One week after Sotheby’s announced it was auctioning Kanye West’s 2008 ‘Grammy Worn’ Nike Air Yeezy Sample sneakers, the kicks were finally purchased on April 26 via private sale for $1.6 million, 60% more than was originally predicted by the auction house’s head of streetwear and modern collectibles, Brahm Wachter. Before that moment, the most expensive sneakers ever bought were Michael Jordan’s 1985 Nike Air Jordan 1 High shoes, sold by British auction company Christie’s in August of last year.
“We are thrilled with the result, which has nearly tripled the highest price on record,” Wachter said. “The sale speaks volumes of Kanye’s legacy as one of the most influential clothing and sneaker designers of our time, and of the Yeezy franchise he has built which has become an industry titan. Furthermore, it builds on the recent growth in Sotheby’s sneakers, which is now offered across our Buy-Now marketplace, auction, and private sales.”
The buyer of Ye’s former footwear turned out to be retired NFL safety Gerome Sapp, CEO, and owner of a digital platform called RARES. Sapp’s application seeks to capitalize on the booming sneaker resale market and the democratization of the alternatives market by offering fractional shares of the shoes to the public. Sapp explained his venture with the following March 17 caption on his personal IG page: “…[D]uring the quarantine, when I had nothing but time on my hands, I figured why not combine my two passions (The Stock Market & Sneakers) and turn it into a unique business that provided millions of people access to rare, high priced sneakers via ‘fractional ownership.’”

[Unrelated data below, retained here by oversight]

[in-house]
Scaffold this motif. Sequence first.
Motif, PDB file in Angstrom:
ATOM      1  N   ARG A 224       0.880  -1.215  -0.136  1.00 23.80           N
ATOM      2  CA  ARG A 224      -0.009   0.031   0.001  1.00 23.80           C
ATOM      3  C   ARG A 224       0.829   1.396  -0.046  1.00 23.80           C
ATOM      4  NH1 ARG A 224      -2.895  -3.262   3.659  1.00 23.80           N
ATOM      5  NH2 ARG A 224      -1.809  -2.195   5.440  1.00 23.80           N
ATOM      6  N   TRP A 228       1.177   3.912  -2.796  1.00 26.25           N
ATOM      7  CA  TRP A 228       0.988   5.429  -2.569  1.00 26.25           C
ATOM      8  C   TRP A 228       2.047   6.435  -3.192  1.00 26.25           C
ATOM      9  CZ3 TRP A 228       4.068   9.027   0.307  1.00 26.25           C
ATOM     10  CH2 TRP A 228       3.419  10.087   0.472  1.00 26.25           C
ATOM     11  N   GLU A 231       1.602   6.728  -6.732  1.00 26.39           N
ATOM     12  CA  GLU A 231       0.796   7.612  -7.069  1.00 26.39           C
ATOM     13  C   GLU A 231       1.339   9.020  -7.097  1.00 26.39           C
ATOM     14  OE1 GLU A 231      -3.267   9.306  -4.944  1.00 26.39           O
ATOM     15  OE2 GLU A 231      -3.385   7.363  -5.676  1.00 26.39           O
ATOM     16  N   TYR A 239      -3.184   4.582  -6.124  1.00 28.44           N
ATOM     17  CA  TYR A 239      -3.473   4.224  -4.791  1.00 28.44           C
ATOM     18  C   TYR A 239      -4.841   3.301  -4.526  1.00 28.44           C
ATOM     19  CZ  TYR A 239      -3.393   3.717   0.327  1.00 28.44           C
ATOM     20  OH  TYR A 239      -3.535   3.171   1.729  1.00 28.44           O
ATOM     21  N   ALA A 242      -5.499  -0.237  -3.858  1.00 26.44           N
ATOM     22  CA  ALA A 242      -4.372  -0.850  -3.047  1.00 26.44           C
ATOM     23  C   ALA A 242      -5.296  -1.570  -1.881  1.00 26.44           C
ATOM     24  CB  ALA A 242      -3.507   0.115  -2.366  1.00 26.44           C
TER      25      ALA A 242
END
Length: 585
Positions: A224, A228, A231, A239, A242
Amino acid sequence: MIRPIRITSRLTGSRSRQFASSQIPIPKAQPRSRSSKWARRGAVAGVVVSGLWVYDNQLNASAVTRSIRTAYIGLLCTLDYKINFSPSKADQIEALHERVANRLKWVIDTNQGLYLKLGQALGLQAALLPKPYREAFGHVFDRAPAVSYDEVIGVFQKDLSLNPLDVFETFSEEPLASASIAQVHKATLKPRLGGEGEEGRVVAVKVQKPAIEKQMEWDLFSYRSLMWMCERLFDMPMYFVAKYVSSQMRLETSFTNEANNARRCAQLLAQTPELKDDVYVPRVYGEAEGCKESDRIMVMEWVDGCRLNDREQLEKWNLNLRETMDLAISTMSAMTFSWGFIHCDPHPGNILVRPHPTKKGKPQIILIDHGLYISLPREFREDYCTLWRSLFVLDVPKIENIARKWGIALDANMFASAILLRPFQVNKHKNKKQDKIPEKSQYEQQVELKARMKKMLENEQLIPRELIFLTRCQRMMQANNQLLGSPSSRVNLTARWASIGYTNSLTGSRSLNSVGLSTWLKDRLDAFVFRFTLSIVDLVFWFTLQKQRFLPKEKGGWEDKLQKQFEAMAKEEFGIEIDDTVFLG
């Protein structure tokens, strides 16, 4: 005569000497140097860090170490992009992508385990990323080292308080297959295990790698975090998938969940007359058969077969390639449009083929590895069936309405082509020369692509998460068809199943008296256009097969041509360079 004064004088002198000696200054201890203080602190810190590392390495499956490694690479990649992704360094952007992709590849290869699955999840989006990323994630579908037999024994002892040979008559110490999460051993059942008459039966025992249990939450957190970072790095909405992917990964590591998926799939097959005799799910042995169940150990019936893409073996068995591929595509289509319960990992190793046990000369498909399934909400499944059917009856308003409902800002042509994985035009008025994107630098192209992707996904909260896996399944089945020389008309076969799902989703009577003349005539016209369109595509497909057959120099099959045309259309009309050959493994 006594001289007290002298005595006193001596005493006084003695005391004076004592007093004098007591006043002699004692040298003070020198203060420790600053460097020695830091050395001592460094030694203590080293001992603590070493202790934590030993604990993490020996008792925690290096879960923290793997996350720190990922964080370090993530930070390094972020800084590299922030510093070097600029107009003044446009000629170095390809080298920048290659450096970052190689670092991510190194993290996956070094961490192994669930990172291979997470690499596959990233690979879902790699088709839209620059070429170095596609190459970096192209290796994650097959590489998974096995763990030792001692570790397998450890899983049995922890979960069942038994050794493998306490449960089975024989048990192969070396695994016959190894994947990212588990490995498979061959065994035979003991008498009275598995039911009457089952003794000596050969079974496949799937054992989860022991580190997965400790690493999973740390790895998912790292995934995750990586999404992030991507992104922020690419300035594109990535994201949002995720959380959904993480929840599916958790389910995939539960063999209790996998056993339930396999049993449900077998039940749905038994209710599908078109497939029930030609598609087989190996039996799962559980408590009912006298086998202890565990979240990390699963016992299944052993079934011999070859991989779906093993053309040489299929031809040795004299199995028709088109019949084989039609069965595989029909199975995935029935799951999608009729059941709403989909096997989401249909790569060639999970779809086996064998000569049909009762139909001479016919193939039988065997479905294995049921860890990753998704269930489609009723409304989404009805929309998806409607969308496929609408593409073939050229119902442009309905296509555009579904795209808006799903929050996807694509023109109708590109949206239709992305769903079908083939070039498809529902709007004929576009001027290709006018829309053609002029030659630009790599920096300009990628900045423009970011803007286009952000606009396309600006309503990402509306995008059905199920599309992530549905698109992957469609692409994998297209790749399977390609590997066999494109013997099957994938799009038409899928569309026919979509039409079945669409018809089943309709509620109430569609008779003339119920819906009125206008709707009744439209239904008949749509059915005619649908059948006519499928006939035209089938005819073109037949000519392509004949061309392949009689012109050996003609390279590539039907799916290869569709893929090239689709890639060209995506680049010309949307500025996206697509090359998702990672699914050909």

Per Sapp’s site, access to shares of the Yeezy 1 Prototypes will be made available to the general public on June 16. Other shoes that RARES plans to make available for the purchase of shares include a collection of sneakers from Kobe Bryant and His Airness called “G.O.A.T.S.” as well as an unworn pair of 1985 Air Jordan OG 1 sneakers (size 10).
For comparison, StockX is currently selling a size 9 version of the OG 1 with a 52-week high bid of $19K. Therefore, RARES’ model may serve as a lower “barrier to entry” for playing in the sneaker resale marketplace. New York-based investment firm Cowen Inc. has projected the sneaker resale market to achieve $6 billion annually by 2025 yet also expects that number to actually quintuple by the decade’s end. However, time will reveal whether Sapp’s platform is a real pioneer.
“…We buy the sneaker, you buy the shares in that sneaker via an IPO on the RARES platform,” Sapp continued to explain in his post. “If the value of the sneaker rises, so does the value of the shares you own in that sneaker. Just like a traditional stock. Also, RARES is regulated by the SEC! So you can potentially make money off of the appreciation of a sneaker without ever having to physically own the sneaker… Just buy shares in the sneaker on the (https://rares.io) platform….”
Get a better look at the kicks below.